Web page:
Ireland has been portrayed as country free of heresy – one fourteenth-century official called it the ‘Island of Saints.’ However, a new article shows that while Ireland did not have large-scale outbreaks of heresy such as the Cathars, there were several documented episodes of heresy.
In her article, “Heresy in Ireland in the thirteenth and fourteenth centuries”, Bernadette Williams uncovers some cases where people were accused and convicted of heresy, including insulting the Virgin Mary and denying the Jesus was the son of God. One of the earliest examples comes in 1256, when the bishop of Raphoe reported to the Pope Alexander IV that heresy was occurring in his diocese. The Pontiff wrote back to the bishop, revealing details of what was going on:
have reported that some laymen of your diocese have been spurred on by the devil to such a pitch of insanity that they not only worship idols but marry their own kinfolk and relations. Moreover, if they are rebuked for such excesses by you … they have the temerity to argue, like sons of perdition, against the catholic faith and against that authority which has been divinely bestowed upon the apostolic see. In short, their wickedness goes as far as to devise plots for the assassination of those who censure their conduct.
Pope Benedict XII had similar misgivings about the people in the diocese of Ossory. In 1335, he wrote to King Edward III to complain that these people:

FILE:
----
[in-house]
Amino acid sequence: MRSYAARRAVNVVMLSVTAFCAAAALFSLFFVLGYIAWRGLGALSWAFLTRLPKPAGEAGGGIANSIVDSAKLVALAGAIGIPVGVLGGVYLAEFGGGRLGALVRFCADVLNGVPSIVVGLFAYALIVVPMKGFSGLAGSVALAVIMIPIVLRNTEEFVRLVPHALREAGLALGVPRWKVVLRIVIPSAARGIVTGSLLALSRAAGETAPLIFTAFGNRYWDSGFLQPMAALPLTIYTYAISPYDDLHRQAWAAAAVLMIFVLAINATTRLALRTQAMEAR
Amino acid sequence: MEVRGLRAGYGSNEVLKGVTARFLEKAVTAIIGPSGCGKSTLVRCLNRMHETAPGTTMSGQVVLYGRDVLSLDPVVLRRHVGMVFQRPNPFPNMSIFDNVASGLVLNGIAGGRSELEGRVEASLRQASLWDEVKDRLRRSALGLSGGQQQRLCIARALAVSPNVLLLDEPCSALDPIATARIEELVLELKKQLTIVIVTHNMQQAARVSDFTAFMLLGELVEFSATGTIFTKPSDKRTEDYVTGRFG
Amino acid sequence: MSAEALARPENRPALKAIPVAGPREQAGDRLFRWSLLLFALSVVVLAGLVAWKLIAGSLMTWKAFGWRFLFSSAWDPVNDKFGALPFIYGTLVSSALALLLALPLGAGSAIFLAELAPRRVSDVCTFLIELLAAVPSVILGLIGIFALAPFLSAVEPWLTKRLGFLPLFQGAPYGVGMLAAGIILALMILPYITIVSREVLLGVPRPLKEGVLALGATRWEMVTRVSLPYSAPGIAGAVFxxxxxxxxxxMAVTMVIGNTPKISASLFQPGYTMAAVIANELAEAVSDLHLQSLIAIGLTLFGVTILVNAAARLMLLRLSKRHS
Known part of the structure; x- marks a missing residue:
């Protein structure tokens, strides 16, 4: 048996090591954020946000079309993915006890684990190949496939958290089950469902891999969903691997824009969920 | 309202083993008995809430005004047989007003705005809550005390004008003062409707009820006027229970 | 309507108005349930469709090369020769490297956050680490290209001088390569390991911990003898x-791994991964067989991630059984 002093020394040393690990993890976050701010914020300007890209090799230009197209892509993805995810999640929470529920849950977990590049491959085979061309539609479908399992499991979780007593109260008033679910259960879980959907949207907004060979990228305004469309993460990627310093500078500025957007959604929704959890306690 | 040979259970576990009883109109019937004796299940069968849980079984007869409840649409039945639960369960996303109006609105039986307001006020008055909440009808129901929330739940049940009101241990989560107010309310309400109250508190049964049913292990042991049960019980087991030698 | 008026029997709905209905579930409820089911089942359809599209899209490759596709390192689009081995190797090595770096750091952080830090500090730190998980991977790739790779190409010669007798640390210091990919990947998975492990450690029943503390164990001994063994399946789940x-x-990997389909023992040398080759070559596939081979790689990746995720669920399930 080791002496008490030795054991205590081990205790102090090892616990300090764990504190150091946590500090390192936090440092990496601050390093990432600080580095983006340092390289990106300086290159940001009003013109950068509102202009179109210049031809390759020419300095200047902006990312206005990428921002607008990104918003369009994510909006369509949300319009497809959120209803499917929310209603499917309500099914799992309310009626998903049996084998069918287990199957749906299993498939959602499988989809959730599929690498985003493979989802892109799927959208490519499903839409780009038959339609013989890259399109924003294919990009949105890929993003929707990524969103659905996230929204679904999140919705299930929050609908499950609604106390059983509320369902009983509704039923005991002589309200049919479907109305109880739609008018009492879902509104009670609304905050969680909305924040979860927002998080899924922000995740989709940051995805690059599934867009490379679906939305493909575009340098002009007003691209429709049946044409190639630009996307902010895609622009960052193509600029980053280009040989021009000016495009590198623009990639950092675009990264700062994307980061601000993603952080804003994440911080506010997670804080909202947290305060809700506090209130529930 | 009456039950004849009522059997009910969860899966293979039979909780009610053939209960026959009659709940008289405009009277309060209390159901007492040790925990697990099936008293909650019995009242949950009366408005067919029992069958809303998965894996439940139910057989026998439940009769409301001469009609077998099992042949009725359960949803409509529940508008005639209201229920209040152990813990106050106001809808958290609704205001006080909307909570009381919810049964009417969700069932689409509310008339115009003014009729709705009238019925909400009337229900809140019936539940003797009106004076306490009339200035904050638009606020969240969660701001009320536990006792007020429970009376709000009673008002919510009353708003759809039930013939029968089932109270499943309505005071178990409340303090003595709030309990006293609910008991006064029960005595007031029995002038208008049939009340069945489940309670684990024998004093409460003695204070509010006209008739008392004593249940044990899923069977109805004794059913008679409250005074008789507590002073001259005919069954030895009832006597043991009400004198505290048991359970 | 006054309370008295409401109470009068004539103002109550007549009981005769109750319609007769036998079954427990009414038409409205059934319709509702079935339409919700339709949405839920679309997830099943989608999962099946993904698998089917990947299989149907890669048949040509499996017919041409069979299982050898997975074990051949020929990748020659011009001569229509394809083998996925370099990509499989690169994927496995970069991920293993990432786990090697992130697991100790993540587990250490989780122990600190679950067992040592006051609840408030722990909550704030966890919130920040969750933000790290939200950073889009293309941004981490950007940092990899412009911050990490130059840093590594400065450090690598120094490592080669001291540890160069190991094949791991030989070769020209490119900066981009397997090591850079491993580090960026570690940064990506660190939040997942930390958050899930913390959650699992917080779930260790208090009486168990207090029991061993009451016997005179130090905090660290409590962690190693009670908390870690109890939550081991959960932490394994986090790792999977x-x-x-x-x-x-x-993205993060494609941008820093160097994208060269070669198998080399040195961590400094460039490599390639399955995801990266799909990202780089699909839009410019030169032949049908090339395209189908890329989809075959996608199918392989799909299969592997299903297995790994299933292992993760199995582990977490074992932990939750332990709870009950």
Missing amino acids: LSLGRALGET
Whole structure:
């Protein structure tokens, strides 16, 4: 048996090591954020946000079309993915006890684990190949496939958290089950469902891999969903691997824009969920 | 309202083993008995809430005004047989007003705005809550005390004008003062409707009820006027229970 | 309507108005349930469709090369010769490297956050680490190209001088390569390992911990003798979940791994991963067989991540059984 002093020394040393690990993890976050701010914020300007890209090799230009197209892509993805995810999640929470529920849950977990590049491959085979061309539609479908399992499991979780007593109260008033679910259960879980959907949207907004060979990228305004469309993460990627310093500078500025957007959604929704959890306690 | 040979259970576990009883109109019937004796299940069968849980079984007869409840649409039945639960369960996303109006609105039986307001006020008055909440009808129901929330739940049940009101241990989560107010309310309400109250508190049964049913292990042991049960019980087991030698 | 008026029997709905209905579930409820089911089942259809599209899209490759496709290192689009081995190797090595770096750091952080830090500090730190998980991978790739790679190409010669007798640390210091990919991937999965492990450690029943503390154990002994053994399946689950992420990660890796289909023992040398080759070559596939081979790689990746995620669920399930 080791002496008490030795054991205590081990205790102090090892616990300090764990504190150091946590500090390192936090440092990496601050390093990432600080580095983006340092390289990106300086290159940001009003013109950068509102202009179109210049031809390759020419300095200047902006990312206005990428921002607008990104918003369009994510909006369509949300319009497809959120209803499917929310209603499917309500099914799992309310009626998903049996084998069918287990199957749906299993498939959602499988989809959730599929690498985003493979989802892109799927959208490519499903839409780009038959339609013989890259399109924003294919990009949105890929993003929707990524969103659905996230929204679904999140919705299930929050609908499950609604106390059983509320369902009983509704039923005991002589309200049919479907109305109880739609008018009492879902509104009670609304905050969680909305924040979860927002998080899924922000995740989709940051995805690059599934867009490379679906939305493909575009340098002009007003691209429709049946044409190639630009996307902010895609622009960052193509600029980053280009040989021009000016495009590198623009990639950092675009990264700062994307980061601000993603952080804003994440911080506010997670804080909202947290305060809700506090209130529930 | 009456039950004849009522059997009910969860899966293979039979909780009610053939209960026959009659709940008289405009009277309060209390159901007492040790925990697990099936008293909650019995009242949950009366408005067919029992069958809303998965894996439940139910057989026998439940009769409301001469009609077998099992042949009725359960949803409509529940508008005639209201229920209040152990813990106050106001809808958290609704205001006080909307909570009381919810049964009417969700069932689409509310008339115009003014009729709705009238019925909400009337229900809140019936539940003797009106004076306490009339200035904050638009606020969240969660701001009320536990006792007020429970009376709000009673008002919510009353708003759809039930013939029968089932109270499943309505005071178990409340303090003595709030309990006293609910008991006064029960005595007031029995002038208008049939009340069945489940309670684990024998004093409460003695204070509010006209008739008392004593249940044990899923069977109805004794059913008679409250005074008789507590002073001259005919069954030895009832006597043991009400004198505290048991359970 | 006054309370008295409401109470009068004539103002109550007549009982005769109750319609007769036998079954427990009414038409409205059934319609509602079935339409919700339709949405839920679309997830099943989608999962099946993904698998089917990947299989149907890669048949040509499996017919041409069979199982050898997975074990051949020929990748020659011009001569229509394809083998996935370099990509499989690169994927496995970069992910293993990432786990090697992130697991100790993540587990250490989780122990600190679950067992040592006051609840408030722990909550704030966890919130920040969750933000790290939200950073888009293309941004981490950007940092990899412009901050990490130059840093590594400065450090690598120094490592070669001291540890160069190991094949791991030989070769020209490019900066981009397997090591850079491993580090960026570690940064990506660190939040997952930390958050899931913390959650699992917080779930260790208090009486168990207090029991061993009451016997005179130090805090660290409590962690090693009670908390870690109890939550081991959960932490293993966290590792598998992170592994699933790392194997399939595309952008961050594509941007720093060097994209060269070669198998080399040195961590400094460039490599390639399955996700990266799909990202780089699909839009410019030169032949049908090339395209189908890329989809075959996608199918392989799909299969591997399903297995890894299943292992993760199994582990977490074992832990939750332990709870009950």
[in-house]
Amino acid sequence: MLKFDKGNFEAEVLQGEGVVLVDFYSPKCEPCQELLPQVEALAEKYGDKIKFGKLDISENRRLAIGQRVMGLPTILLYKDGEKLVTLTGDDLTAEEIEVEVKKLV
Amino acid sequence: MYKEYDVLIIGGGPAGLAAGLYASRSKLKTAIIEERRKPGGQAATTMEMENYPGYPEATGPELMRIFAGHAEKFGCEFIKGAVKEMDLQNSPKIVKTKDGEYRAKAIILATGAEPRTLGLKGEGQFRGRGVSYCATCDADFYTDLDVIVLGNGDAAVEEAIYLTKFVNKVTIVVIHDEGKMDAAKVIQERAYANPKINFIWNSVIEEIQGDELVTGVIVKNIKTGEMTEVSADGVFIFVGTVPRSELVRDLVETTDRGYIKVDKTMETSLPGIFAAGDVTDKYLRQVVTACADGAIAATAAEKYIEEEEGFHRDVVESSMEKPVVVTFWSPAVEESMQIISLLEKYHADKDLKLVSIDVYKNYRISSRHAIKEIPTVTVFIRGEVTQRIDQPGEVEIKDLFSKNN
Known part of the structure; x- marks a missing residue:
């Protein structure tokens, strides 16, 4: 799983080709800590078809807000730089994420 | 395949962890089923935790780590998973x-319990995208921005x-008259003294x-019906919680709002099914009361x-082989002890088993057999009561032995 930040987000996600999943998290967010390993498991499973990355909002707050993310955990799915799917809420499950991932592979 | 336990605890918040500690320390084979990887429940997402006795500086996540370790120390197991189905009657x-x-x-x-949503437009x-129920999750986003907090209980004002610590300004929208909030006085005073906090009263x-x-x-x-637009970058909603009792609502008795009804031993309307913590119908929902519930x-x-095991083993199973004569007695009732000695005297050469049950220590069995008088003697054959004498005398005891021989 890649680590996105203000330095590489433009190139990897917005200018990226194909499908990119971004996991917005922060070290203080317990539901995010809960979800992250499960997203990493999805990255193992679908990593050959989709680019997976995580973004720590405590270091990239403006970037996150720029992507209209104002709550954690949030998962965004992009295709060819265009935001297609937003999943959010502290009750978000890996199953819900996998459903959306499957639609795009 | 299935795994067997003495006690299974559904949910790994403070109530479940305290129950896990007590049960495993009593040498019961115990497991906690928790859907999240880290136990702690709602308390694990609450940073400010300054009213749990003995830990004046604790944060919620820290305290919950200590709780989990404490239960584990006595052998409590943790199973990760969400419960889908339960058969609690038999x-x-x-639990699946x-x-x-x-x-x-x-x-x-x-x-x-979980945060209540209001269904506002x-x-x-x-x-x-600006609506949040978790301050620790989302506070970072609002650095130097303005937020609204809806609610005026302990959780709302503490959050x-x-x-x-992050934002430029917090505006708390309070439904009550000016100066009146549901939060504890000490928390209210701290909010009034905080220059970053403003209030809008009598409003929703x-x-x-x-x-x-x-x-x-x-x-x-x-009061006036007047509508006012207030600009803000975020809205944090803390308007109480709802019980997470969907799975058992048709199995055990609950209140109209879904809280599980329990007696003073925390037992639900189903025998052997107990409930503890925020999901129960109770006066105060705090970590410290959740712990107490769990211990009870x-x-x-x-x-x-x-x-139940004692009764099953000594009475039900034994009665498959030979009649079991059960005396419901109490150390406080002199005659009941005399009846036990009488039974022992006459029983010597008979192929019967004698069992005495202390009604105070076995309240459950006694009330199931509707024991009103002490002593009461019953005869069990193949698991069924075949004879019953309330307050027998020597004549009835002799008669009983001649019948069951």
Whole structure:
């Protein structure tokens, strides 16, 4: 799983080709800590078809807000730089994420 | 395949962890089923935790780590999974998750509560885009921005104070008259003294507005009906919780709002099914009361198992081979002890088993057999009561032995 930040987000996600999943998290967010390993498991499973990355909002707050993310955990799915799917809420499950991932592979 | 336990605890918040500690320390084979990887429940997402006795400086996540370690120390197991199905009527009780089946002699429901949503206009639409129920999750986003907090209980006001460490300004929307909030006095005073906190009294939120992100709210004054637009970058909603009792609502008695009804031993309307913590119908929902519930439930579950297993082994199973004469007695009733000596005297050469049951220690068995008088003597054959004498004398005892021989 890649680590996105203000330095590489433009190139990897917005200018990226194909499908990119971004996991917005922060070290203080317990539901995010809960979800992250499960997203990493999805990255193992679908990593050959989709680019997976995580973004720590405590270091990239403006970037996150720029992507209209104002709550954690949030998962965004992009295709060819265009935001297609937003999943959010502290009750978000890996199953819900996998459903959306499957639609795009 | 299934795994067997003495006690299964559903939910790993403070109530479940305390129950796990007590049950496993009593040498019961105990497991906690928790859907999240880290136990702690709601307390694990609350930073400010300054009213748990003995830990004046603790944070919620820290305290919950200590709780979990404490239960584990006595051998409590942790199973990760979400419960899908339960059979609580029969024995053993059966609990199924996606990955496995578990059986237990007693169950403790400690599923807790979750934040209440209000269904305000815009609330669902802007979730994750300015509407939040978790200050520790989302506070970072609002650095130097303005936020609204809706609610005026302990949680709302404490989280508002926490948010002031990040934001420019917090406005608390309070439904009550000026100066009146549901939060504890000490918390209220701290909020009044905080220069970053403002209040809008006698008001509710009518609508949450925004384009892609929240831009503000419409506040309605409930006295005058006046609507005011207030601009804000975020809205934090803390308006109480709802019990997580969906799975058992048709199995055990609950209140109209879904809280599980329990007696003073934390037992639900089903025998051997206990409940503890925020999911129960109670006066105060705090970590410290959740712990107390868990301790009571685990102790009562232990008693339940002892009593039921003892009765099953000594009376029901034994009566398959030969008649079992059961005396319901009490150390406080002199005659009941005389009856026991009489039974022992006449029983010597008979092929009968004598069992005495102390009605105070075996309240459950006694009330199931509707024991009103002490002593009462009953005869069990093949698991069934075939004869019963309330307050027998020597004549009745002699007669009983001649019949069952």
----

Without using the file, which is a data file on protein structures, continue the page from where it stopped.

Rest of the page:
asserted that Jesus Christ was a mere man and a sinner, and was justly crucified for His own sins … others thought otherwise of the sacrament of the Body of Christ than the catholic church teaches, saying that the same venerable sacrament is by no means to be worshipped; and also asserting that they are not bound to obey or believe the decrees, decretals and apostolic mandates.
Williams also deals with several cases where individuals were accused of heresy, including the case of Philip Braydock, an Augustinian canon in Dublin. In 1310 he was accused of falling into heresy a second time by Thomas de Chedworth, the dean of St. Patrick’s Cathedral in that same city. Williams notes that two men had an ongoing dispute for more than ten years over ecclesiastical offices, which likely prompted Chedworth to make the accusation. Braydock did confess to the heresy (although we never learn of what he actually had done) and was made to go to “the places where he had promulgated his error, to revoke it and teach the catholic faith in the presence of Cheddiswowre and other learned men.” After he finished that he was sentenced to one year imprisonment in a priory in Dublin, with only one meal a day.
The article appears in Princes, prelates and poets in medieval Ireland: Essays in honour of Katharine Simms. Edited by Seán Duffy, this book contains over thirty articles that examine Ireland in the Middle Ages. Click here to visit Four Courts Press for more details about this book.
Bernadette Williams, who earned a PhD from Trinity College, has authored several articles on medieval Ireland, including its ecclesiastical history. In 2010 she also gave a lecture in Dublin on the topic The Heretic’s Tale: Adam Duff O’Toole. You can watch the lecture below.
See also her article The Sorcery Trial of Alice Kyteler